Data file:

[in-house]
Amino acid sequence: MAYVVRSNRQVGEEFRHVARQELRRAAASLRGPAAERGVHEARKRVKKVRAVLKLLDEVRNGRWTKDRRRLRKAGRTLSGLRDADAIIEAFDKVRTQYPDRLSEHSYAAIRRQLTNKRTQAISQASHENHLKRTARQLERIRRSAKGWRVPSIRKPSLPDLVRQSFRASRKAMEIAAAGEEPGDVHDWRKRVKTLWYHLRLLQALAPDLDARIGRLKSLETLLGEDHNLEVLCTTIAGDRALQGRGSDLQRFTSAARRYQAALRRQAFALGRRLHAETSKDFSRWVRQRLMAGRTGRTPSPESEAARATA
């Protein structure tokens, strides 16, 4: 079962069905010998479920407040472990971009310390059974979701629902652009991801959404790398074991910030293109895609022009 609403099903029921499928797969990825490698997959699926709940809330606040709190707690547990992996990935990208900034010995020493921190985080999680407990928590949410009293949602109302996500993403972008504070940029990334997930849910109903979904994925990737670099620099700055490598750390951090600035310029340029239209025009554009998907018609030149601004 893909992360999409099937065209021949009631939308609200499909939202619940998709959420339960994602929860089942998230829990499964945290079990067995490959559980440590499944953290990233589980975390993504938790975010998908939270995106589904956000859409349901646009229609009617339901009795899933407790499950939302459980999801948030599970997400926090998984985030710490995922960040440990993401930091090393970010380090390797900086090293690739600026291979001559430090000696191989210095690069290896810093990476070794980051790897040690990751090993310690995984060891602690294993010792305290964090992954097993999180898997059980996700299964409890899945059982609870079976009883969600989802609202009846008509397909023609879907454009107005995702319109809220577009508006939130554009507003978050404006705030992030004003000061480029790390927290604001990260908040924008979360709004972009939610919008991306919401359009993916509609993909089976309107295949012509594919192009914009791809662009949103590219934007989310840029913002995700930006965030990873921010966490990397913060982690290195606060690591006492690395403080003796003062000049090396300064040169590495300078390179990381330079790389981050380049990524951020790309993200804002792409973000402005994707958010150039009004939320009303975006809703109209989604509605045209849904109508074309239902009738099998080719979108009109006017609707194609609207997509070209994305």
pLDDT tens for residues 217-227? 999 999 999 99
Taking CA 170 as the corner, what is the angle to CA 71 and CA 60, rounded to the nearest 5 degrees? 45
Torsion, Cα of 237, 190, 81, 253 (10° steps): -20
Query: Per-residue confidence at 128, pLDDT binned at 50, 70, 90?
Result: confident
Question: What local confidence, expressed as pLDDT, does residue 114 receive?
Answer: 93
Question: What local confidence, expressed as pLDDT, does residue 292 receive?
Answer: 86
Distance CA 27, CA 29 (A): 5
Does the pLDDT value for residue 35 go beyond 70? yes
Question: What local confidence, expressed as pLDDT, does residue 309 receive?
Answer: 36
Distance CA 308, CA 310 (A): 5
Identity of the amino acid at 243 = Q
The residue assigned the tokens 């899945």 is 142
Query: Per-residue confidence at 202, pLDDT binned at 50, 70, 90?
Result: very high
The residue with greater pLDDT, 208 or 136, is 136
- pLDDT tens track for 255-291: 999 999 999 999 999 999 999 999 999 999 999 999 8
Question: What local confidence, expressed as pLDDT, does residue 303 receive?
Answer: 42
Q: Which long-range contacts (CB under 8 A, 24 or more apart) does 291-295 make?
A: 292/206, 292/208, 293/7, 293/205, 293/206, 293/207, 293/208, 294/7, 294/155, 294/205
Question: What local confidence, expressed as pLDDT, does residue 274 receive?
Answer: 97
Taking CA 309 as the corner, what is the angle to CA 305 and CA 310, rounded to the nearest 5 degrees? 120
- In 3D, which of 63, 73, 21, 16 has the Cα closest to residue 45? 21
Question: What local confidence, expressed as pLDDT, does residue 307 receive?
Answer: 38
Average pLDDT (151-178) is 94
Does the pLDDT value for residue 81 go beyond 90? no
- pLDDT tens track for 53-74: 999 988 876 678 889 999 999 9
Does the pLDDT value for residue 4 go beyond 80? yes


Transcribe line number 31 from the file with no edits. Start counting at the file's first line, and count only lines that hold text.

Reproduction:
- In 3D, which of 63, 73, 21, 16 has the Cα closest to residue 45? 21